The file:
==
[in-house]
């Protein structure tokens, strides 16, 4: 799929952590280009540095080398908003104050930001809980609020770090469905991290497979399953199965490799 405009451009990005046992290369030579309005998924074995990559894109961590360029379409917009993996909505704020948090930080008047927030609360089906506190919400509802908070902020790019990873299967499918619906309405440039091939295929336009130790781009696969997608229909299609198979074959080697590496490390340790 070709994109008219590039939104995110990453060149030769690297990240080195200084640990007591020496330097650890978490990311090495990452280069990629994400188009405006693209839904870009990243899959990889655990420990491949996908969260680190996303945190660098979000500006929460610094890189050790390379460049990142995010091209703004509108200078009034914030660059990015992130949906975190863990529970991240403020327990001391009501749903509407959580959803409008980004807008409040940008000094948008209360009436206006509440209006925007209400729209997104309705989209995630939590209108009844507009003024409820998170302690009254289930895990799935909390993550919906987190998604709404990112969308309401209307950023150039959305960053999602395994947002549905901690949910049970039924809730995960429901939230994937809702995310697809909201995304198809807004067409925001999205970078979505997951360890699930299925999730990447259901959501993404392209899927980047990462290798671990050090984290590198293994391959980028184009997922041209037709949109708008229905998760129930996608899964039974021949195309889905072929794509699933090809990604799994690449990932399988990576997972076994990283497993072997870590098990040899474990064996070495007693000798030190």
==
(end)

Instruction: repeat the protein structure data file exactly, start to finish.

[in-house]
């Protein structure tokens, strides 16, 4: 799929952590280009540095080398908003104050930001809980609020770090469905991290497979399953199965490799 405009451009990005046992290369030579309005998924074995990559894109961590360029379409917009993996909505704020948090930080008047927030609360089906506190919400509802908070902020790019990873299967499918619906309405440039091939295929336009130790781009696969997608229909299609198979074959080697590496490390340790 070709994109008219590039939104995110990453060149030769690297990240080195200084640990007591020496330097650890978490990311090495990452280069990629994400188009405006693209839904870009990243899959990889655990420990491949996908969260680190996303945190660098979000500006929460610094890189050790390379460049990142995010091209703004509108200078009034914030660059990015992130949906975190863990529970991240403020327990001391009501749903509407959580959803409008980004807008409040940008000094948008209360009436206006509440209006925007209400729209997104309705989209995630939590209108009844507009003024409820998170302690009254289930895990799935909390993550919906987190998604709404990112969308309401209307950023150039959305960053999602395994947002549905901690949910049970039924809730995960429901939230994937809702995310697809909201995304198809807004067409925001999205970078979505997951360890699930299925999730990447259901959501993404392209899927980047990462290798671990050090984290590198293994391959980028184009997922041209037709949109708008229905998760129930996608899964039974021949195309889905072929794509699933090809990604799994690449990932399988990576997972076994990283497993072997870590098990040899474990064996070495007693000798030190």